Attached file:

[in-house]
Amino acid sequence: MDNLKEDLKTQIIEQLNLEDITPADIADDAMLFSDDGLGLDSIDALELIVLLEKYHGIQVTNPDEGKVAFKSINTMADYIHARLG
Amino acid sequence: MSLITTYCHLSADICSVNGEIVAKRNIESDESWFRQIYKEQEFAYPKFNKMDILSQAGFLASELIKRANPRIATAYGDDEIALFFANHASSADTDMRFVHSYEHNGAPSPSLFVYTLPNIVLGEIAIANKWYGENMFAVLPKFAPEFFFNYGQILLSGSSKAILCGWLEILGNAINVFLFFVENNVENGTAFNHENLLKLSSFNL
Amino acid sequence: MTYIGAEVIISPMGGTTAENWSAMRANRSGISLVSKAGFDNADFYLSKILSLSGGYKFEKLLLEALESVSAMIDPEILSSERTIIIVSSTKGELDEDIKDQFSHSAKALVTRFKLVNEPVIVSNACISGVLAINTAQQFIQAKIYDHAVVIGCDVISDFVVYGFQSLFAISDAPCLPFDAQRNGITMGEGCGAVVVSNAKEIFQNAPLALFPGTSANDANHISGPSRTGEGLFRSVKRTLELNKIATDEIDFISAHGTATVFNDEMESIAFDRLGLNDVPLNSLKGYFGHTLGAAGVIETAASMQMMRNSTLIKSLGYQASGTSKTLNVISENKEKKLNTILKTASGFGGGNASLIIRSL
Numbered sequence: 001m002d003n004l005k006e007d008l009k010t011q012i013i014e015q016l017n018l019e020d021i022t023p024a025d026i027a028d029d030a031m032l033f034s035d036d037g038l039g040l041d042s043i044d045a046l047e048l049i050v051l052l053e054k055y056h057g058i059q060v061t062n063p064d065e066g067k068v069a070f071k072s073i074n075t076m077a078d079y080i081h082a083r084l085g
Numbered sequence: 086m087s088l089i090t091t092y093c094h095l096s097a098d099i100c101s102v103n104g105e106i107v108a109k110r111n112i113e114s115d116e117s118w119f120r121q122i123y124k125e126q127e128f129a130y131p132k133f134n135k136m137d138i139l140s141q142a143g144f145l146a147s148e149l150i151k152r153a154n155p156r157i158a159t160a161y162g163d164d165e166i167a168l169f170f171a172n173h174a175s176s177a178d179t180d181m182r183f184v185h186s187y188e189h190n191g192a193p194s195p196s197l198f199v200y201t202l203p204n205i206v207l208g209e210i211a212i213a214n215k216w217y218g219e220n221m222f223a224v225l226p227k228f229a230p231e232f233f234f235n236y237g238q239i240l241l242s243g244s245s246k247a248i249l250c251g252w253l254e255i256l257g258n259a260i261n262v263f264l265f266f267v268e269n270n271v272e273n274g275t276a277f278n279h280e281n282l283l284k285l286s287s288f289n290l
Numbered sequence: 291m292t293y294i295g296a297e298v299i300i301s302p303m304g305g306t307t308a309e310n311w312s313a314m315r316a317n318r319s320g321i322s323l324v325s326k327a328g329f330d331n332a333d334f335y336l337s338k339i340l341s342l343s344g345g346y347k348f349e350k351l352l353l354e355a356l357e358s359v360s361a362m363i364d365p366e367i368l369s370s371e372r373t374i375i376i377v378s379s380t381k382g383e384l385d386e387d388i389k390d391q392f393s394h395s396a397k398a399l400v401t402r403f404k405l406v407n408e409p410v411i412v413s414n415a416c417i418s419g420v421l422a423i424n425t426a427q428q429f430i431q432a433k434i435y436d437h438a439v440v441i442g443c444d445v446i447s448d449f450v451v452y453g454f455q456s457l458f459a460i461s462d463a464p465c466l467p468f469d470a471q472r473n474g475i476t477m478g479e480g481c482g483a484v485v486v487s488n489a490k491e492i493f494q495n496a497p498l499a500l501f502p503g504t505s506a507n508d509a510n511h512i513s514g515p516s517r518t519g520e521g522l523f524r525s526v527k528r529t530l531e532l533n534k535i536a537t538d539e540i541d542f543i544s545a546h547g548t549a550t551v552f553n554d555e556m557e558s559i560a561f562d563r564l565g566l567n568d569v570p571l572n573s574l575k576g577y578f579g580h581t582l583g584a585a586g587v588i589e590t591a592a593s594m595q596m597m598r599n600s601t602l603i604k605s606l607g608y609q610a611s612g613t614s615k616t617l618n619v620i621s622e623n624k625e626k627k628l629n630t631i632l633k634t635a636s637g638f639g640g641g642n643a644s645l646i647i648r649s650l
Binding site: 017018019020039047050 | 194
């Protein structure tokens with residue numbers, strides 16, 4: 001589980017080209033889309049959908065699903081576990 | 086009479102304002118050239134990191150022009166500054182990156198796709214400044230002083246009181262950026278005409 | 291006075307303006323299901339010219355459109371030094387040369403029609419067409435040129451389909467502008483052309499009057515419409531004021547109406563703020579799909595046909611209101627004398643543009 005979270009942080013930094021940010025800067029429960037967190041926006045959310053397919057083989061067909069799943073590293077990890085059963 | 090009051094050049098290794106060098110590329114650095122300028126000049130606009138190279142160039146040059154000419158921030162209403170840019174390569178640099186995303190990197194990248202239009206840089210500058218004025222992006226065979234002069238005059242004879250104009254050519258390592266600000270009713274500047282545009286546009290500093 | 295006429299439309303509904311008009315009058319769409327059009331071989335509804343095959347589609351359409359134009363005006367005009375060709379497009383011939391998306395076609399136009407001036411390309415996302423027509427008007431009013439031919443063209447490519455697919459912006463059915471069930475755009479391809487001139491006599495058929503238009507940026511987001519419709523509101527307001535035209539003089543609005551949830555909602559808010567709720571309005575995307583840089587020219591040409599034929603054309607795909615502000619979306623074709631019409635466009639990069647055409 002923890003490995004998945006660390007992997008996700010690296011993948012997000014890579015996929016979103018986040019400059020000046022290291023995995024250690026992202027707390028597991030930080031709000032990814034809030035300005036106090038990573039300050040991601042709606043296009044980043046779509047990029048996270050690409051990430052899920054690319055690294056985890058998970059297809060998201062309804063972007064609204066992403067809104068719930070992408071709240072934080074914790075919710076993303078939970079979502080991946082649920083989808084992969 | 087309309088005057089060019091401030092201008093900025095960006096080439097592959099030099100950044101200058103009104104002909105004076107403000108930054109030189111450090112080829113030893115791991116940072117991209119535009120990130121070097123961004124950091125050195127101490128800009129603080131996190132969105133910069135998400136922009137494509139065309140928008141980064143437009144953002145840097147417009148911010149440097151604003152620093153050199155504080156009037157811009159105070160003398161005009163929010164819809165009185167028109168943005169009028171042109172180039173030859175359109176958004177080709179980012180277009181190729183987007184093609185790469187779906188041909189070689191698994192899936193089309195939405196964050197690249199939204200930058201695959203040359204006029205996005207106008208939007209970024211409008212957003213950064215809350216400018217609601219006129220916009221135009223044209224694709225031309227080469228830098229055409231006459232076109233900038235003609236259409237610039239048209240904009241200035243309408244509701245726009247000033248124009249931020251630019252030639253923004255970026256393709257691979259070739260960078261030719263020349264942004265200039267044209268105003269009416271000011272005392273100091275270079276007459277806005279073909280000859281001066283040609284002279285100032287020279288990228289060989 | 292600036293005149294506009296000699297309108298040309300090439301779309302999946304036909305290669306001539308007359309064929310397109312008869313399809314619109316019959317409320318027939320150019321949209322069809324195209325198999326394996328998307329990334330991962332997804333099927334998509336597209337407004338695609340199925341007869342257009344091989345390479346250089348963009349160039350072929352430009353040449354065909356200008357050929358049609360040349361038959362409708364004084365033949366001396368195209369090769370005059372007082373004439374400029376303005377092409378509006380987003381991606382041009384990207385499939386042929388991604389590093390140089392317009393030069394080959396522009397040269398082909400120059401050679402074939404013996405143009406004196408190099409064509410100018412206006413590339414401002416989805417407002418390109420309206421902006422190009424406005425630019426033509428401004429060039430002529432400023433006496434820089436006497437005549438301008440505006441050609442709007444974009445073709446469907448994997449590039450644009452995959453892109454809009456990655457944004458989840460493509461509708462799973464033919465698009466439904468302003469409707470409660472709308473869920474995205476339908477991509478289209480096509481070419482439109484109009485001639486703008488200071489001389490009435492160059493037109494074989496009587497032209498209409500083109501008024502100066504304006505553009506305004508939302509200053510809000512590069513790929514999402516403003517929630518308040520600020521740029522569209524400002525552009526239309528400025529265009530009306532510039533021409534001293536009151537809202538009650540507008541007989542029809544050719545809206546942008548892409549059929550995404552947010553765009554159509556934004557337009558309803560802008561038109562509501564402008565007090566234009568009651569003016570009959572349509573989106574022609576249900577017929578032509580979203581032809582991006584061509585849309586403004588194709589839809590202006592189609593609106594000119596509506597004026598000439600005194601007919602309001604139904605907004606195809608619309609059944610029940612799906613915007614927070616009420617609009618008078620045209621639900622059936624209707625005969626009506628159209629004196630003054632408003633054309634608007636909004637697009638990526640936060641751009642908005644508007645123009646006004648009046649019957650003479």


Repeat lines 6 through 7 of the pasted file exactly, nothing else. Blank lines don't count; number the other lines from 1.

Numbered sequence: 086m087s088l089i090t091t092y093c094h095l096s097a098d099i100c101s102v103n104g105e106i107v108a109k110r111n112i113e114s115d116e117s118w119f120r121q122i123y124k125e126q127e128f129a130y131p132k133f134n135k136m137d138i139l140s141q142a143g144f145l146a147s148e149l150i151k152r153a154n155p156r157i158a159t160a161y162g163d164d165e166i167a168l169f170f171a172n173h174a175s176s177a178d179t180d181m182r183f184v185h186s187y188e189h190n191g192a193p194s195p196s197l198f199v200y201t202l203p204n205i206v207l208g209e210i211a212i213a214n215k216w217y218g219e220n221m222f223a224v225l226p227k228f229a230p231e232f233f234f235n236y237g238q239i240l241l242s243g244s245s246k247a248i249l250c251g252w253l254e255i256l257g258n259a260i261n262v263f264l265f266f267v268e269n270n271v272e273n274g275t276a277f278n279h280e281n282l283l284k285l286s287s288f289n290l
Numbered sequence: 291m292t293y294i295g296a297e298v299i300i301s302p303m304g305g306t307t308a309e310n311w312s313a314m315r316a317n318r319s320g321i322s323l324v325s326k327a328g329f330d331n332a333d334f335y336l337s338k339i340l341s342l343s344g345g346y347k348f349e350k351l352l353l354e355a356l357e358s359v360s361a362m363i364d365p366e367i368l369s370s371e372r373t374i375i376i377v378s379s380t381k382g383e384l385d386e387d388i389k390d391q392f393s394h395s396a397k398a399l400v401t402r403f404k405l406v407n408e409p410v411i412v413s414n415a416c417i418s419g420v421l422a423i424n425t426a427q428q429f430i431q432a433k434i435y436d437h438a439v440v441i442g443c444d445v446i447s448d449f450v451v452y453g454f455q456s457l458f459a460i461s462d463a464p465c466l467p468f469d470a471q472r473n474g475i476t477m478g479e480g481c482g483a484v485v486v487s488n489a490k491e492i493f494q495n496a497p498l499a500l501f502p503g504t505s506a507n508d509a510n511h512i513s514g515p516s517r518t519g520e521g522l523f524r525s526v527k528r529t530l531e532l533n534k535i536a537t538d539e540i541d542f543i544s545a546h547g548t549a550t551v552f553n554d555e556m557e558s559i560a561f562d563r564l565g566l567n568d569v570p571l572n573s574l575k576g577y578f579g580h581t582l583g584a585a586g587v588i589e590t591a592a593s594m595q596m597m598r599n600s601t602l603i604k605s606l607g608y609q610a611s612g613t614s615k616t617l618n619v620i621s622e623n624k625e626k627k628l629n630t631i632l633k634t635a636s637g638f639g640g641g642n643a644s645l646i647i648r649s650l